Tuesday, November 20 2012, 7:03PM
“summer holidays should be a lot shorter, 4 weeks max. the children get bored and us parents get stressed, not forgetting the extremely high costs. the only people that seem bothered are the teachers. 13 weeks a year holiday and they actually get paid for all these. it's criminal. just how they have got away for it for so long is unbelievable.”
Thursday, November 22 2012, 12:05AM
“I agree with Mr B....spot on. Teachers make out they have the pupils at heart, but lets be honest it's all about them.....how 'hard' they work, the inconsiderate (13 weeks a year) holidays and their pension pot blues. Give us a break and get your sleeves rolled and get stuck in!”
Thursday, November 22 2012, 9:52AM
“It's a crazy idea to take a week off the summer holidays when the weather is good and the days are long and add a week to the holidays at the end of October when kids are more likely to be stuck inside bored. I also really don't like the idea of shortening the Easter break which is what seems to be happening with the new model. I also think we should listen to teachers and headteachers when they talk about their concerns, they are the professionals.”
Thursday, November 22 2012, 12:29PM
“Just wait until the parents realise that their (City) Primary and Secondary children are going to be on a different holiday pattern. The Secondary Academies aren't changing their holidays so these parents will have to find 2 weeks extra childcare.”
Thursday, November 22 2012, 6:43PM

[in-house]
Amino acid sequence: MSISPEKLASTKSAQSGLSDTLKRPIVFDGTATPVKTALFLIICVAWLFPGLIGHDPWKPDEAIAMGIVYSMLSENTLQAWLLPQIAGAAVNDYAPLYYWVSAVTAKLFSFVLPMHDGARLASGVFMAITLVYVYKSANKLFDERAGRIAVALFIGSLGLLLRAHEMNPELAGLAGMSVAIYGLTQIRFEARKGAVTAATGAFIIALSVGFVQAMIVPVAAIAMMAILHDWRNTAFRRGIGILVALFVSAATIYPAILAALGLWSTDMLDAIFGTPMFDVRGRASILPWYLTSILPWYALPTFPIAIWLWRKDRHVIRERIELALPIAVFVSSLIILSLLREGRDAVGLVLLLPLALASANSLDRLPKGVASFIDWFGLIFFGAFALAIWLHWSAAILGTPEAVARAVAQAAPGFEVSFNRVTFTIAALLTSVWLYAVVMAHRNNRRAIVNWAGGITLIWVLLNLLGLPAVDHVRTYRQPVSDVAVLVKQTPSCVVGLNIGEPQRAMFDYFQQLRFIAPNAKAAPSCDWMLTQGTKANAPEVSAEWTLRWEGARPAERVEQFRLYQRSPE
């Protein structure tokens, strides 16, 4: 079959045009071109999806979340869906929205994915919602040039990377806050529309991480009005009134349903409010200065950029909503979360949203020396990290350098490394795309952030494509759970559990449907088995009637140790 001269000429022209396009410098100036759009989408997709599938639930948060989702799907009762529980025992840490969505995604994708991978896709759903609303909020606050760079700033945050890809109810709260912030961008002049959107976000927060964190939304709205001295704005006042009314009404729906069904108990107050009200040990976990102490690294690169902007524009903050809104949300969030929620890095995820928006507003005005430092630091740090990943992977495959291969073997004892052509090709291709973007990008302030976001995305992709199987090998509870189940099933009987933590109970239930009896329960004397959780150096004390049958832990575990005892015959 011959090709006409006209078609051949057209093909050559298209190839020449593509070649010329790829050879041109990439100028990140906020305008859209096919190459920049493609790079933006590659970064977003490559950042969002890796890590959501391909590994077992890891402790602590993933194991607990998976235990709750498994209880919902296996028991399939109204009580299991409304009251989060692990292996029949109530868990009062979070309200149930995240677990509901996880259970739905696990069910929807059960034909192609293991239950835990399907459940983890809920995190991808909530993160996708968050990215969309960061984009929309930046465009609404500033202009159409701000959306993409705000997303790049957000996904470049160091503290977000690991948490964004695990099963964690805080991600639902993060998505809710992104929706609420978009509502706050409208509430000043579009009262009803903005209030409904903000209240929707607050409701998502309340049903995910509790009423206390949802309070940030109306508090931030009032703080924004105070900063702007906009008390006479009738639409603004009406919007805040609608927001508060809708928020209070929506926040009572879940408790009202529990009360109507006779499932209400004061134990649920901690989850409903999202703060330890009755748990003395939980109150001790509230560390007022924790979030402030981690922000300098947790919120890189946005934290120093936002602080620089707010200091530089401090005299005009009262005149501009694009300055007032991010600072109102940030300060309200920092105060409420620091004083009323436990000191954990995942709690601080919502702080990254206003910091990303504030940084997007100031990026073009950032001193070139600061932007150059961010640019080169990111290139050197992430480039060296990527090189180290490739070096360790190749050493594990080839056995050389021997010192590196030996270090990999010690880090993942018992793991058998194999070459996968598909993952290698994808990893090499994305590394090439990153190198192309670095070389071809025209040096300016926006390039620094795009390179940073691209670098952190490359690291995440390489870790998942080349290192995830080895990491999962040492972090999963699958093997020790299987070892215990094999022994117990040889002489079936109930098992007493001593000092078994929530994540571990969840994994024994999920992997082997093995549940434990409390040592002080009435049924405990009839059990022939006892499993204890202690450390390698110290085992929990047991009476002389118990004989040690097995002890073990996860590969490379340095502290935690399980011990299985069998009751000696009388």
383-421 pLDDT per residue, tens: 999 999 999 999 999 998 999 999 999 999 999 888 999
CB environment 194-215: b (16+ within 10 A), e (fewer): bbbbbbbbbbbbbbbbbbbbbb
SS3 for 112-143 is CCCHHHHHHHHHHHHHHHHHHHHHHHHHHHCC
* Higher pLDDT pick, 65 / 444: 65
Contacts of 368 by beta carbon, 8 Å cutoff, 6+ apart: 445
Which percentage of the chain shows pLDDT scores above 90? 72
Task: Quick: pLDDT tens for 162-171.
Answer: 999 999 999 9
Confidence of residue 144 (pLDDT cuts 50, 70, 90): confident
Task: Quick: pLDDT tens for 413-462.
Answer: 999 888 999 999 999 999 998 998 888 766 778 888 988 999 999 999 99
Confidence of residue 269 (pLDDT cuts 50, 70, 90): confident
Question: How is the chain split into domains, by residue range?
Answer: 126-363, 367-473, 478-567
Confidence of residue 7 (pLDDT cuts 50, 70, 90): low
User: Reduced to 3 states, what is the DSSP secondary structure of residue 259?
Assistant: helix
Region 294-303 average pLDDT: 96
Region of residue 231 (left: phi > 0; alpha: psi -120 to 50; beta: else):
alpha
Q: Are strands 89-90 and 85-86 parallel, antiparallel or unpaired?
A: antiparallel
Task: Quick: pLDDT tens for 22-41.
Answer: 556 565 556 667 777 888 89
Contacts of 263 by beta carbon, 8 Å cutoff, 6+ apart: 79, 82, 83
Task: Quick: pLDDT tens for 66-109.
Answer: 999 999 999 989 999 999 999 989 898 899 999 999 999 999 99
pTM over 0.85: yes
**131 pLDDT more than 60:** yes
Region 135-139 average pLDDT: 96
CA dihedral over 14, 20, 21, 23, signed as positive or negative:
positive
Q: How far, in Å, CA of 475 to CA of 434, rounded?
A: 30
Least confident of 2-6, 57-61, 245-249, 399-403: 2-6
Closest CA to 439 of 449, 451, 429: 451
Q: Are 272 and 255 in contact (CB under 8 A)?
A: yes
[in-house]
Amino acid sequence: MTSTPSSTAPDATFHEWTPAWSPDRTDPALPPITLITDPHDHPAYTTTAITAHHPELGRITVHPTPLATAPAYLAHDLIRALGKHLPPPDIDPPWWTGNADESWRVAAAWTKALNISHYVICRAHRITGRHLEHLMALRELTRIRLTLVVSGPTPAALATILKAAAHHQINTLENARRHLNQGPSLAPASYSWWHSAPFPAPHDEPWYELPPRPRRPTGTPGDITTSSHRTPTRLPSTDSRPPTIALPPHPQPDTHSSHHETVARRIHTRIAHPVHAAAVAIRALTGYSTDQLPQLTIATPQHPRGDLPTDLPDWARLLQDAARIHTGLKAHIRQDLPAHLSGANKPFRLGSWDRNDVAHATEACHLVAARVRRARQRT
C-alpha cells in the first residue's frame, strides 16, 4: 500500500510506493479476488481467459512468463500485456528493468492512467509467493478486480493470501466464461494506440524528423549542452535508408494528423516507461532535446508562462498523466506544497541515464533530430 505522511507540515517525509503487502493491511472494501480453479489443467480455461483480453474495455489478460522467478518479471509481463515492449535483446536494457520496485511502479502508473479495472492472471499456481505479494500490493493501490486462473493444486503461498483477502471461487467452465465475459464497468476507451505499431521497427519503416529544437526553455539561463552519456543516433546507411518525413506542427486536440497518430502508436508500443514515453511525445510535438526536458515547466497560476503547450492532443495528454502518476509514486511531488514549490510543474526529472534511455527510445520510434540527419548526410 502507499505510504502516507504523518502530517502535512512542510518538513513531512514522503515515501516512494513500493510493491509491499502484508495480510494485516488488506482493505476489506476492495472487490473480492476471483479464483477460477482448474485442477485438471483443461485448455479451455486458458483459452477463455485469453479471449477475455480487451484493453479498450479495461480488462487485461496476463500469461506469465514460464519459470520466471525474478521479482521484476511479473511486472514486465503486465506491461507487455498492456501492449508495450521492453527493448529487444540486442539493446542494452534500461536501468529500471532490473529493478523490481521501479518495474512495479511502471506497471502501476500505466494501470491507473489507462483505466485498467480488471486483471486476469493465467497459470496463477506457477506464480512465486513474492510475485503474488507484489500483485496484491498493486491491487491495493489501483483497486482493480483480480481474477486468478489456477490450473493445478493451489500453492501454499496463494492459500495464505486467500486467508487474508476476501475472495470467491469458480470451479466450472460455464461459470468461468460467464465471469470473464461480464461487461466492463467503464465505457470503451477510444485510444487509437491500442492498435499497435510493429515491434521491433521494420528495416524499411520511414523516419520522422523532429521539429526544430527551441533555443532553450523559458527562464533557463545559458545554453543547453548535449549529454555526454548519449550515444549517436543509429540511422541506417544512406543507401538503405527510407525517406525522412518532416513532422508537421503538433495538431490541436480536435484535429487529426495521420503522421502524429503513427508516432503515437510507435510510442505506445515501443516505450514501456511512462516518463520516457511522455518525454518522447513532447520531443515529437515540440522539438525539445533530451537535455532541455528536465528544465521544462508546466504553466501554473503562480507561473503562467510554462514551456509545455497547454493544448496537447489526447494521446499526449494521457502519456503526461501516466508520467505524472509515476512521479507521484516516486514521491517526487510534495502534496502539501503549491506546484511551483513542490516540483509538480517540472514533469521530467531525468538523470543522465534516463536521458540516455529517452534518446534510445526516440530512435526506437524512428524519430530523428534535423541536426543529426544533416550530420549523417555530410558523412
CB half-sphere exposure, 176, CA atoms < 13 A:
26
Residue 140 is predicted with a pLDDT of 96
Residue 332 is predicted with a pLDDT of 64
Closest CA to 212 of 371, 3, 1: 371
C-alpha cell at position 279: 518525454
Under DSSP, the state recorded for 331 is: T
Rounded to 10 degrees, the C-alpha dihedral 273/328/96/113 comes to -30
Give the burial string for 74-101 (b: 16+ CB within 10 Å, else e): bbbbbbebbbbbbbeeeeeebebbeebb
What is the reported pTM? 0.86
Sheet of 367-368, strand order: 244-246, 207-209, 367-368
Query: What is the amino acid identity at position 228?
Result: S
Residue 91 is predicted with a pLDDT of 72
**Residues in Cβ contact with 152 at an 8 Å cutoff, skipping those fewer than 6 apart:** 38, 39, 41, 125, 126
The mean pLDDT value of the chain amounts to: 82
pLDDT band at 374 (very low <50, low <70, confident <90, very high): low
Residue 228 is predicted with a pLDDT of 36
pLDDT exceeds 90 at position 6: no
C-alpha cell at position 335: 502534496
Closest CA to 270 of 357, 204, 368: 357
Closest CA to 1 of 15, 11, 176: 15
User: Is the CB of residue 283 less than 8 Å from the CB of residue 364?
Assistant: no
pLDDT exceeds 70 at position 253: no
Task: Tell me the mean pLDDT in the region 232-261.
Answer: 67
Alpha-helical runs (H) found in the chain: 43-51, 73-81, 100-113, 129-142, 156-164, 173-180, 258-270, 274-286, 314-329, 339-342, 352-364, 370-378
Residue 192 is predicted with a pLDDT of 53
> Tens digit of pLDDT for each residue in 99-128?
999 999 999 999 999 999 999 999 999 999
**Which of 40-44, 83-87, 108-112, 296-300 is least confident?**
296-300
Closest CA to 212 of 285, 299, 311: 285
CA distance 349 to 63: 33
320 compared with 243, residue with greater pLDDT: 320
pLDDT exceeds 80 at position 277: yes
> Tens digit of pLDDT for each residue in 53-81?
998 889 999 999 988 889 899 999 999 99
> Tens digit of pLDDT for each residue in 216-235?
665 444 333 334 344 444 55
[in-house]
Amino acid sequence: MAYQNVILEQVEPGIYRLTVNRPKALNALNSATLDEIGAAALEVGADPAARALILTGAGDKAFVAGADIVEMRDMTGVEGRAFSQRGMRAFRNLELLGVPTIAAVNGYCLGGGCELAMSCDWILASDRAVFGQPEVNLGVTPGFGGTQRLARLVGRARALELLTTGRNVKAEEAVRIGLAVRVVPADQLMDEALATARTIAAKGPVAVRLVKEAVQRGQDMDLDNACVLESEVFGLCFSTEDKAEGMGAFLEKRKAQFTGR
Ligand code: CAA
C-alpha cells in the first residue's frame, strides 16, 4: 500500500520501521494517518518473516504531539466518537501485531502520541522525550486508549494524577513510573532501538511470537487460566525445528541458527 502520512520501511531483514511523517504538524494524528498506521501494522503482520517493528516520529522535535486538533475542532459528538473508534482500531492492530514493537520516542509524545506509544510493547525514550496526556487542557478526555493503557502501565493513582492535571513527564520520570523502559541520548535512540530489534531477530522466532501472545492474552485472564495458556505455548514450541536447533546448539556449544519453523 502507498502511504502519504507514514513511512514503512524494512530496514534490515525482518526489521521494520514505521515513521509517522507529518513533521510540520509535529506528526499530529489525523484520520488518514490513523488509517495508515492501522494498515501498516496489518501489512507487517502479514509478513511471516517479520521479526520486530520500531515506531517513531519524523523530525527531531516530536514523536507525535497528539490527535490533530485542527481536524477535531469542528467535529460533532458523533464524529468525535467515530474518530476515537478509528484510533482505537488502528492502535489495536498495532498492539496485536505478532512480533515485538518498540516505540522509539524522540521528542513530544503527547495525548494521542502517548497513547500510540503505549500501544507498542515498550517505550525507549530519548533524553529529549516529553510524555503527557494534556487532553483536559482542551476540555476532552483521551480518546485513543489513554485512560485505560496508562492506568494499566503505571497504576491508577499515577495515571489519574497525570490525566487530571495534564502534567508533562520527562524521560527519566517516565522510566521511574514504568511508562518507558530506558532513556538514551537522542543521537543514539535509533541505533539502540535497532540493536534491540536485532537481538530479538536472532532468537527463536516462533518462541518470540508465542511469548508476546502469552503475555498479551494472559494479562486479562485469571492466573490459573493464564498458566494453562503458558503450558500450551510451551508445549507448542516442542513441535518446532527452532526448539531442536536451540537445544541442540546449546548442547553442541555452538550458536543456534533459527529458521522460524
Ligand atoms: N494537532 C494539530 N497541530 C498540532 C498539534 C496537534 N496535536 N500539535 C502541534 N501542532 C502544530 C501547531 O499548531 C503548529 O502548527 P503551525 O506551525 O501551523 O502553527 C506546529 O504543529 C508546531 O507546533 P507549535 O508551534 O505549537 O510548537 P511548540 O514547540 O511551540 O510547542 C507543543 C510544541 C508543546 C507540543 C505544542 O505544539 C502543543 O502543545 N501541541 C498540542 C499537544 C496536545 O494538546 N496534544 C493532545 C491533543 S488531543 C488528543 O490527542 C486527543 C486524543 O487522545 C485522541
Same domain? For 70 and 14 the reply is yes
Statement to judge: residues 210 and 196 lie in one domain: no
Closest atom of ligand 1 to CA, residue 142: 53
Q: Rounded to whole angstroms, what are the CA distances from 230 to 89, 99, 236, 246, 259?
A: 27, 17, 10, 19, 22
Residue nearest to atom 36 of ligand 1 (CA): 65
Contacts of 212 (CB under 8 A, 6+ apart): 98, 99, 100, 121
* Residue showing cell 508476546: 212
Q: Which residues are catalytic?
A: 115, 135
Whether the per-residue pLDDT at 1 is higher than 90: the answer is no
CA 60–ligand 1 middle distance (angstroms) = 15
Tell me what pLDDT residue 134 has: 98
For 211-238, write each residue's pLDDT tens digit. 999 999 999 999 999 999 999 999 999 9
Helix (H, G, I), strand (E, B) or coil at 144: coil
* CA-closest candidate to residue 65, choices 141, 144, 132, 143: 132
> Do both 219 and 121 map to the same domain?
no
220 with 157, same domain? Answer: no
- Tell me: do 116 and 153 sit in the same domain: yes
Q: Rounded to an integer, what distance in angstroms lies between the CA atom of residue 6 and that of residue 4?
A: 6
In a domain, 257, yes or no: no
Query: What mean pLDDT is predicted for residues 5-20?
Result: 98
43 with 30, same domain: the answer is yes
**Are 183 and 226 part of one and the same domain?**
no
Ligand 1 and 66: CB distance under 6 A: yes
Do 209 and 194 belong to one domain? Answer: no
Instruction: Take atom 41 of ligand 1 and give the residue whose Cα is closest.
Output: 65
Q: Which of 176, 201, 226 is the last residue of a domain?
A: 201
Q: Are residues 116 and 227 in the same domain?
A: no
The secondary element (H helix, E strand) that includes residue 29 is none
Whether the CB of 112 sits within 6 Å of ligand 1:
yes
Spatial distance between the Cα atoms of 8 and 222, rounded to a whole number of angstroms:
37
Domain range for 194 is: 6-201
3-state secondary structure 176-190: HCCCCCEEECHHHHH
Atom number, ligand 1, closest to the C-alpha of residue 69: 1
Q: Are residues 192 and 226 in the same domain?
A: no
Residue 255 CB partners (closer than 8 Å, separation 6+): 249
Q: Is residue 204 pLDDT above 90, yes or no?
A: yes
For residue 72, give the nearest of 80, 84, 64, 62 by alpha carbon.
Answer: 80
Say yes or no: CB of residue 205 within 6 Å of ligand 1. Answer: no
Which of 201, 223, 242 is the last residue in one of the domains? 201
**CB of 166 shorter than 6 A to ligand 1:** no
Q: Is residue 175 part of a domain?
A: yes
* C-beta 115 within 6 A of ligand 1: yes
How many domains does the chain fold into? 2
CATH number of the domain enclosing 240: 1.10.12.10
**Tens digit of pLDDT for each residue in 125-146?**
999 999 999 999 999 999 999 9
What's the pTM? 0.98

“Oh dear, some of the commentators in this forum really haven't a clue about teaching or what it entails.After 15 years in industry, culminating with running a business with a turnover of £7m+ and around 100 employees across two counties, I decided to take a well-deserved career break and think about 'giving something back' to my community.Now, with less pressure to be the main breadwinner in my family, I teach full time and for the love of it - certainly not for the money. Earning less than £27k per annum (the national average is £24k), I work from 8am to 7pm daily and if I am lucky, I have 20 minutes for lunch. There is no paid overtime and I do not begrudge marking the work of other tax payers' children's work at home or during weekends. Neither do I resent helping children with their homework during playtimes because their busy 'working parents' haven't had twenty minutes or inclination to help them with it over the weekend (oh, how my heart bleeds for them).Yes, academic holidays are longer than most, but there isn't a decent teacher out there who doesn't use a considerable chunk of them preparing for the next term or doing all of the other donkey work that we cannot do whilst our hands are tied teaching thirty children.My working hours and commitments in teaching BY FAR exceed those which I had industry. Both mentally and physically, this is a much more demanding job and my partner (who is a director of a national organisation, commuting to London) sees that I work just as hard as him and that I deserve the holidays I get.So the next time you experts decide to jump on the bandwagon to slate the teaching profession, I suggest you take a good, hard look at your own working practises and the freedoms which you enjoy in your jobs (e.g. being able to go to the toilet when your bladder tells you to, choosing what time to have your lunch, putting up a 'closed' sign at 5pm and not having to mark test papers at 2pm on a sunny Sunday afternoon whilst everyone else is soaking up the rays). Failing that, why not volunteer to "roll up your sleeves and get stuck in" as volunteers in your local primary school to see what it's really like?As far as I can see, Mr B's only beef with teachers should be the fact that they clearly never taught him how to use capital letters or to distinguish between the pronouns 'we' and 'us'. And Neonknight23, I wonder if you have told your children's teacher exactly what you think of his/her profession? I guess not.”
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